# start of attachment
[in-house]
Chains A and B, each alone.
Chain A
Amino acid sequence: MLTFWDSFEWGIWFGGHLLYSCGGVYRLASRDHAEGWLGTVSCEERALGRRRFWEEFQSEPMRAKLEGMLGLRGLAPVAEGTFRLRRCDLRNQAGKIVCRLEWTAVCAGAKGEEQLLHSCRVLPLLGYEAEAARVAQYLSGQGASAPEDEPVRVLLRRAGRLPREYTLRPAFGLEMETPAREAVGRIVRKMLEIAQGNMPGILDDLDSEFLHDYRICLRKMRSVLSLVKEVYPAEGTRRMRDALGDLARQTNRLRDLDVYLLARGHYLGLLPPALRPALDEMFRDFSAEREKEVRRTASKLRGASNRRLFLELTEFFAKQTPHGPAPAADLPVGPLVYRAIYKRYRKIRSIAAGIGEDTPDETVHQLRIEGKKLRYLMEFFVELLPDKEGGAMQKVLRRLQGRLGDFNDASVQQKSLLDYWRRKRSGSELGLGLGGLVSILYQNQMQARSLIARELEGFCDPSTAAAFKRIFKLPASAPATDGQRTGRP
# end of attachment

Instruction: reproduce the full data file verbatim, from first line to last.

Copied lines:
[in-house]
Chains A and B, each alone.
Chain A
Amino acid sequence: MLTFWDSFEWGIWFGGHLLYSCGGVYRLASRDHAEGWLGTVSCEERALGRRRFWEEFQSEPMRAKLEGMLGLRGLAPVAEGTFRLRRCDLRNQAGKIVCRLEWTAVCAGAKGEEQLLHSCRVLPLLGYEAEAARVAQYLSGQGASAPEDEPVRVLLRRAGRLPREYTLRPAFGLEMETPAREAVGRIVRKMLEIAQGNMPGILDDLDSEFLHDYRICLRKMRSVLSLVKEVYPAEGTRRMRDALGDLARQTNRLRDLDVYLLARGHYLGLLPPALRPALDEMFRDFSAEREKEVRRTASKLRGASNRRLFLELTEFFAKQTPHGPAPAADLPVGPLVYRAIYKRYRKIRSIAAGIGEDTPDETVHQLRIEGKKLRYLMEFFVELLPDKEGGAMQKVLRRLQGRLGDFNDASVQQKSLLDYWRRKRSGSELGLGLGGLVSILYQNQMQARSLIARELEGFCDPSTAAAFKRIFKLPASAPATDGQRTGRP